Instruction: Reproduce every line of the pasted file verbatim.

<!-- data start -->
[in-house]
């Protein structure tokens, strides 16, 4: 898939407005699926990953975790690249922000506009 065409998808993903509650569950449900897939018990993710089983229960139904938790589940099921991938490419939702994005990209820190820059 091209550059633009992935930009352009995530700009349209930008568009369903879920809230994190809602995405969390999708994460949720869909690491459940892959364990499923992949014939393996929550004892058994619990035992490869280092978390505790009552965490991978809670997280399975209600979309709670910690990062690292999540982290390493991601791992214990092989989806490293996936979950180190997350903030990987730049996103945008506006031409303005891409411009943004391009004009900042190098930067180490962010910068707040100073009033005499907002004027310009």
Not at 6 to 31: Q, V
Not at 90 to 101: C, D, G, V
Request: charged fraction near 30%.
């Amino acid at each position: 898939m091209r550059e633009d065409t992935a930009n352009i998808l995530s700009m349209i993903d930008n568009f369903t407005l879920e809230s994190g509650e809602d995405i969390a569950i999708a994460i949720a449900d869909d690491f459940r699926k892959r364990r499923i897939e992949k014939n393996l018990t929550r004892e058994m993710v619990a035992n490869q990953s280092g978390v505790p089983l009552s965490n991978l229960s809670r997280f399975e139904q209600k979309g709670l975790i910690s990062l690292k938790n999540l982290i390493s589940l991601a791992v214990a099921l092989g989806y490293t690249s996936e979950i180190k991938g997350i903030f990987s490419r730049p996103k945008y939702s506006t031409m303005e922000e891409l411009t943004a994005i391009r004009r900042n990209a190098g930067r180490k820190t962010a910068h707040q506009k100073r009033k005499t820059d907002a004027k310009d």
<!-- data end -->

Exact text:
[in-house]
């Protein structure tokens, strides 16, 4: 898939407005699926990953975790690249922000506009 065409998808993903509650569950449900897939018990993710089983229960139904938790589940099921991938490419939702994005990209820190820059 091209550059633009992935930009352009995530700009349209930008568009369903879920809230994190809602995405969390999708994460949720869909690491459940892959364990499923992949014939393996929550004892058994619990035992490869280092978390505790009552965490991978809670997280399975209600979309709670910690990062690292999540982290390493991601791992214990092989989806490293996936979950180190997350903030990987730049996103945008506006031409303005891409411009943004391009004009900042190098930067180490962010910068707040100073009033005499907002004027310009």
Not at 6 to 31: Q, V
Not at 90 to 101: C, D, G, V
Request: charged fraction near 30%.
């Amino acid at each position: 898939m091209r550059e633009d065409t992935a930009n352009i998808l995530s700009m349209i993903d930008n568009f369903t407005l879920e809230s994190g509650e809602d995405i969390a569950i999708a994460i949720a449900d869909d690491f459940r699926k892959r364990r499923i897939e992949k014939n393996l018990t929550r004892e058994m993710v619990a035992n490869q990953s280092g978390v505790p089983l009552s965490n991978l229960s809670r997280f399975e139904q209600k979309g709670l975790i910690s990062l690292k938790n999540l982290i390493s589940l991601a791992v214990a099921l092989g989806y490293t690249s996936e979950i180190k991938g997350i903030f990987s490419r730049p996103k945008y939702s506006t031409m303005e922000e891409l411009t943004a994005i391009r004009r900042n990209a190098g930067r180490k820190t962010a910068h707040q506009k100073r009033k005499t820059d907002a004027k310009d």